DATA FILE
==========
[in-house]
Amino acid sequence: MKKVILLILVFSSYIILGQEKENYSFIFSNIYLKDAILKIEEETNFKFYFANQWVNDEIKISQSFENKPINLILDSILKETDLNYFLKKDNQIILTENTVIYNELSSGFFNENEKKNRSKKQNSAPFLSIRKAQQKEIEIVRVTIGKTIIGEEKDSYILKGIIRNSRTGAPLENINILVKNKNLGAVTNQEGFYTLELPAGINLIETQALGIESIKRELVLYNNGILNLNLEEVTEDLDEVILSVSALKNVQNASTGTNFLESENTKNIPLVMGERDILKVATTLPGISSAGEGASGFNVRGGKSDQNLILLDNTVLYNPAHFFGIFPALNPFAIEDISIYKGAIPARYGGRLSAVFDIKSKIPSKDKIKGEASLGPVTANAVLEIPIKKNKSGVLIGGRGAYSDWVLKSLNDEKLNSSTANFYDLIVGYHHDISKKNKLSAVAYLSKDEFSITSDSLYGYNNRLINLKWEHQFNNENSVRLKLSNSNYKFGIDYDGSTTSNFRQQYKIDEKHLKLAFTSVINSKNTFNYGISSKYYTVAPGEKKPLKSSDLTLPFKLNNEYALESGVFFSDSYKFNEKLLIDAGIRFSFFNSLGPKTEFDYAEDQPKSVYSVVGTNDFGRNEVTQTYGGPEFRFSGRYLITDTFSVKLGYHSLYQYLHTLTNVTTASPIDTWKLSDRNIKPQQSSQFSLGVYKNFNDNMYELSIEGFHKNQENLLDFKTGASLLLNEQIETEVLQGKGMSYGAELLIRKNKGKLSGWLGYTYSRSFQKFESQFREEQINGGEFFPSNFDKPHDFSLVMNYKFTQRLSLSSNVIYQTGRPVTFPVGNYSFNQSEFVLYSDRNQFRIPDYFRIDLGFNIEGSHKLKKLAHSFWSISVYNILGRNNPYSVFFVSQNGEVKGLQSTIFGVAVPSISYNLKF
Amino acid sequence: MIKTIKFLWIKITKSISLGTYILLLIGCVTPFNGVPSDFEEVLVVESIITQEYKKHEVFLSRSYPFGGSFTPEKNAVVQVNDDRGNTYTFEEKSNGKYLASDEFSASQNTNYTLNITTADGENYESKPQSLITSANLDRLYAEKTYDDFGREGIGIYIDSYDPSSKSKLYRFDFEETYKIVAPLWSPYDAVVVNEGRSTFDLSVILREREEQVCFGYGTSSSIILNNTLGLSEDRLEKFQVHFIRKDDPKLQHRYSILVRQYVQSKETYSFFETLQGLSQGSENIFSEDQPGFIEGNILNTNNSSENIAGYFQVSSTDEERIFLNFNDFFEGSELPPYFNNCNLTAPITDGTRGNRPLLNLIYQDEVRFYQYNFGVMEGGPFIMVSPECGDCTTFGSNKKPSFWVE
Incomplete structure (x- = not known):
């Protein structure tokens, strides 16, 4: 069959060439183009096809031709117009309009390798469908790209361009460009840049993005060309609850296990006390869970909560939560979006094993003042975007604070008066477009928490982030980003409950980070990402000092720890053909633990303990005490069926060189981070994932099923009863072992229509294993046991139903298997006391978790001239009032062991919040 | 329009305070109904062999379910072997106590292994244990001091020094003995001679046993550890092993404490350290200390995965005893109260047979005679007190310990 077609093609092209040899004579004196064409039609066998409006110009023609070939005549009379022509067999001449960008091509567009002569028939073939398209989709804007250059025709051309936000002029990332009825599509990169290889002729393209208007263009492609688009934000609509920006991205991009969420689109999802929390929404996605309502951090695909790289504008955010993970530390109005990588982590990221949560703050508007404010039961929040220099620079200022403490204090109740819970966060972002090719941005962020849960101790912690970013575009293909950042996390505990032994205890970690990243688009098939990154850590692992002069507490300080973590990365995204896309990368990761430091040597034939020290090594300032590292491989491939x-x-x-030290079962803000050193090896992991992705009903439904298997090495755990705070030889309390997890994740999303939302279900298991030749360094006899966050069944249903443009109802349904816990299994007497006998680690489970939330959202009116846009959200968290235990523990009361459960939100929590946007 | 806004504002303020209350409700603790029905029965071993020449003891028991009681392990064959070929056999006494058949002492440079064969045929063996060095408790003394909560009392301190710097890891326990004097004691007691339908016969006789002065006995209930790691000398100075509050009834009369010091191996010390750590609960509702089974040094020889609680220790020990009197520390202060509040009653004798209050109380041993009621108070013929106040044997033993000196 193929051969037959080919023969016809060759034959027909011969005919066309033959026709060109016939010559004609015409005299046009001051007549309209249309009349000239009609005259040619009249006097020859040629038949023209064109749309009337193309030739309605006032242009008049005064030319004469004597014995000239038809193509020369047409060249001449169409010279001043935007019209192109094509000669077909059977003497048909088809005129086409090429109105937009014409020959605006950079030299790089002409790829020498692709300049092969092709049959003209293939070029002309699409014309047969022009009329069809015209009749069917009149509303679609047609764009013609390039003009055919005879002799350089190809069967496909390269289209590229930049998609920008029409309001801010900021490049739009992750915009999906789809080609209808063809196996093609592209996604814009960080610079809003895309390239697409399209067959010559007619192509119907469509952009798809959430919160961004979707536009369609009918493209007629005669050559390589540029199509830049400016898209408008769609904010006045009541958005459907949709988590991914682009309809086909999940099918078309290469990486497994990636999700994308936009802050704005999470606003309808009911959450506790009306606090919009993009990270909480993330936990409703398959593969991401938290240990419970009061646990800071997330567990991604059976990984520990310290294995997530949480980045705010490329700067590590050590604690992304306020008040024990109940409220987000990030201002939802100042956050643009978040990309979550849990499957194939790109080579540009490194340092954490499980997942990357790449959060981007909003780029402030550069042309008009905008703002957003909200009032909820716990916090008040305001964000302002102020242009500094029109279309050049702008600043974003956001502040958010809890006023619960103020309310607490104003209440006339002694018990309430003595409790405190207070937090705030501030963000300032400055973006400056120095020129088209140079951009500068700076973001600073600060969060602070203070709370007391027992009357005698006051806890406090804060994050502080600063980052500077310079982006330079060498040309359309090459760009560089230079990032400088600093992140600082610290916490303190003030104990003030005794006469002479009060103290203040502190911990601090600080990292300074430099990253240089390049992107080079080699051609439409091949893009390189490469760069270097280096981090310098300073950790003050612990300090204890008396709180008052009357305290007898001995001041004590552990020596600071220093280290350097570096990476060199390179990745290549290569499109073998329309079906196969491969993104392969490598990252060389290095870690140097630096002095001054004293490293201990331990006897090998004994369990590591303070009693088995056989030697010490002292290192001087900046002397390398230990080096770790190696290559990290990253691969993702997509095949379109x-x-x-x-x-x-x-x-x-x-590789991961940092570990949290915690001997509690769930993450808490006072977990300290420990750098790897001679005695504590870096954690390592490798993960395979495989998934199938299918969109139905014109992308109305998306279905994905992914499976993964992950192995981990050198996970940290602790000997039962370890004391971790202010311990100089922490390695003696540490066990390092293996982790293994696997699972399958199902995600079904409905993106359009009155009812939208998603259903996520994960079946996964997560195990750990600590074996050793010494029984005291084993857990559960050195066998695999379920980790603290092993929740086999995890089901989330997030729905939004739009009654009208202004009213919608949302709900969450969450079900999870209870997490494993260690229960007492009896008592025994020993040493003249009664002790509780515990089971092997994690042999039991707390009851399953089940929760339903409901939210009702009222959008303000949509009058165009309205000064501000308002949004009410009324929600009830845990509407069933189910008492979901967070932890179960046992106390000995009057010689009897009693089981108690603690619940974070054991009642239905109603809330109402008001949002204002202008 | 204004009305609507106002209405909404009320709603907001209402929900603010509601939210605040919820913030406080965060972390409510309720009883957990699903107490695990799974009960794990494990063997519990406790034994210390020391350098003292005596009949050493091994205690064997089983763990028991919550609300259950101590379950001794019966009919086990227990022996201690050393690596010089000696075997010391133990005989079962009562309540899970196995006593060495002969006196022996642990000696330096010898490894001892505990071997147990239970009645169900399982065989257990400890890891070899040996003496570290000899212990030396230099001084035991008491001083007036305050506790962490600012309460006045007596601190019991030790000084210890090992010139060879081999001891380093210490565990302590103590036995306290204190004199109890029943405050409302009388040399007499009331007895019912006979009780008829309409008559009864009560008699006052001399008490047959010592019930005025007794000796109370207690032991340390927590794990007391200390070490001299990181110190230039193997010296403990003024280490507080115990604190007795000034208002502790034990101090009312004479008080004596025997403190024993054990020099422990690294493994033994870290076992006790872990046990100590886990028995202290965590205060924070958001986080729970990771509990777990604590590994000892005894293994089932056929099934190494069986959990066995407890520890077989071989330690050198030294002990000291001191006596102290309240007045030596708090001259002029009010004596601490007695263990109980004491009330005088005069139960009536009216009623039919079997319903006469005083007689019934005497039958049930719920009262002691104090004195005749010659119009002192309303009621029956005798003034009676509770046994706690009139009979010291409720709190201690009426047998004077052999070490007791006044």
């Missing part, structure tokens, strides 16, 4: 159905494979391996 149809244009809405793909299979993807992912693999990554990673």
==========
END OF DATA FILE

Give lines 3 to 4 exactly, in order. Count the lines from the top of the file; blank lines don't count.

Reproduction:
Amino acid sequence: MIKTIKFLWIKITKSISLGTYILLLIGCVTPFNGVPSDFEEVLVVESIITQEYKKHEVFLSRSYPFGGSFTPEKNAVVQVNDDRGNTYTFEEKSNGKYLASDEFSASQNTNYTLNITTADGENYESKPQSLITSANLDRLYAEKTYDDFGREGIGIYIDSYDPSSKSKLYRFDFEETYKIVAPLWSPYDAVVVNEGRSTFDLSVILREREEQVCFGYGTSSSIILNNTLGLSEDRLEKFQVHFIRKDDPKLQHRYSILVRQYVQSKETYSFFETLQGLSQGSENIFSEDQPGFIEGNILNTNNSSENIAGYFQVSSTDEERIFLNFNDFFEGSELPPYFNNCNLTAPITDGTRGNRPLLNLIYQDEVRFYQYNFGVMEGGPFIMVSPECGDCTTFGSNKKPSFWVE
Incomplete structure (x- = not known):